A Republican who spent his political career advocating for an open border with Mexico, and amnesty for those who came to America illegally?  Never, right? But a quick check in the history book shows Ronald Reagan was that man.

The year was 1980, the location was Houston and the question came from the crowd at a presidential primary debate between Ronald Reagan and George H.W. Bush — two bellwether conservatives who would eventually serve together as president and vice president.

Should “illegal aliens,” the crowd member asked, be allowed to attend U.S. public schools?

Reagan responded:

“Rather than talking about putting up a fence, why don’t we work out some recognition of our mutual problems, make it possible for them to come here legally with a work permit, and then, while they’re working and earning here, they pay taxes here. And when they want to go back they can go back, and cross. And open the border both ways, by understanding their problems. This is the only safety valve they have right now, with that unemployment, that probably keeps the lid from blowing off…And I think we could have a fine relationship.”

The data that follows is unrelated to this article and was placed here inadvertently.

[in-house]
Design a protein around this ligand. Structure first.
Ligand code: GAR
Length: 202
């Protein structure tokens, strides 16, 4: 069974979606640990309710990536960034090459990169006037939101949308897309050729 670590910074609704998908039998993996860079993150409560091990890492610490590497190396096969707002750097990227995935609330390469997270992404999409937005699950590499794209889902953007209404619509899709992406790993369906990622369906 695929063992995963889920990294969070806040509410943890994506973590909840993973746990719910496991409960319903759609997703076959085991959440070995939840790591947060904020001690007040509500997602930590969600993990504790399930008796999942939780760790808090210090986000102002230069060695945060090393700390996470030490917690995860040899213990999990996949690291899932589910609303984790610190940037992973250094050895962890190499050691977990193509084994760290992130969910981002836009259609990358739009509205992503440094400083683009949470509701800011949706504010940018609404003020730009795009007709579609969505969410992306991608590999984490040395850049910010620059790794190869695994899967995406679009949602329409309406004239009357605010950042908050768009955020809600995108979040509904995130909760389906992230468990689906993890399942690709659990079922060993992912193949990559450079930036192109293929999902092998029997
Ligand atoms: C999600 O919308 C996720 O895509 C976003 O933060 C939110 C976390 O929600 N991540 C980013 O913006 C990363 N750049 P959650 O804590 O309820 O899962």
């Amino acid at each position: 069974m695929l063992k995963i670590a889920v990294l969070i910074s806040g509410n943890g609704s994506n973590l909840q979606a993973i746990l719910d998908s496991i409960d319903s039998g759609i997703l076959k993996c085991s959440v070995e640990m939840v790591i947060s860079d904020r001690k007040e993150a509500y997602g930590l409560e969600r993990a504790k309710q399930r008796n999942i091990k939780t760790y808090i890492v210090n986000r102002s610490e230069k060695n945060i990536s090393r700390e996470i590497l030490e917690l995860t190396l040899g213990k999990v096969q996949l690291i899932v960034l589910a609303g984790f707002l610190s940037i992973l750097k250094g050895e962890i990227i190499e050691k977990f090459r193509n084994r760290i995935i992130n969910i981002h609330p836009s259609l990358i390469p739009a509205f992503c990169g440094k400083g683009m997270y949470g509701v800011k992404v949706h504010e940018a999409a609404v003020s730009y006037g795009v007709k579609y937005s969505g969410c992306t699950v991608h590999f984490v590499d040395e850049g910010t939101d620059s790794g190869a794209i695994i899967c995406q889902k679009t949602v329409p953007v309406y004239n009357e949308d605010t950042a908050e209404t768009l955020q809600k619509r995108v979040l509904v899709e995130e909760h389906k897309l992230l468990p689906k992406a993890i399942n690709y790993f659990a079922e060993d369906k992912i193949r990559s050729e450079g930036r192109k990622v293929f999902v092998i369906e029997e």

The border, he said, should be open “both ways” — and border security policy should take into account the economic challenges facing Mexico.

Here is the video of Reagan making the above statement:


There is no angry mention of Mexicans being rapists, or any proposal to build a 2,000 mile border wall.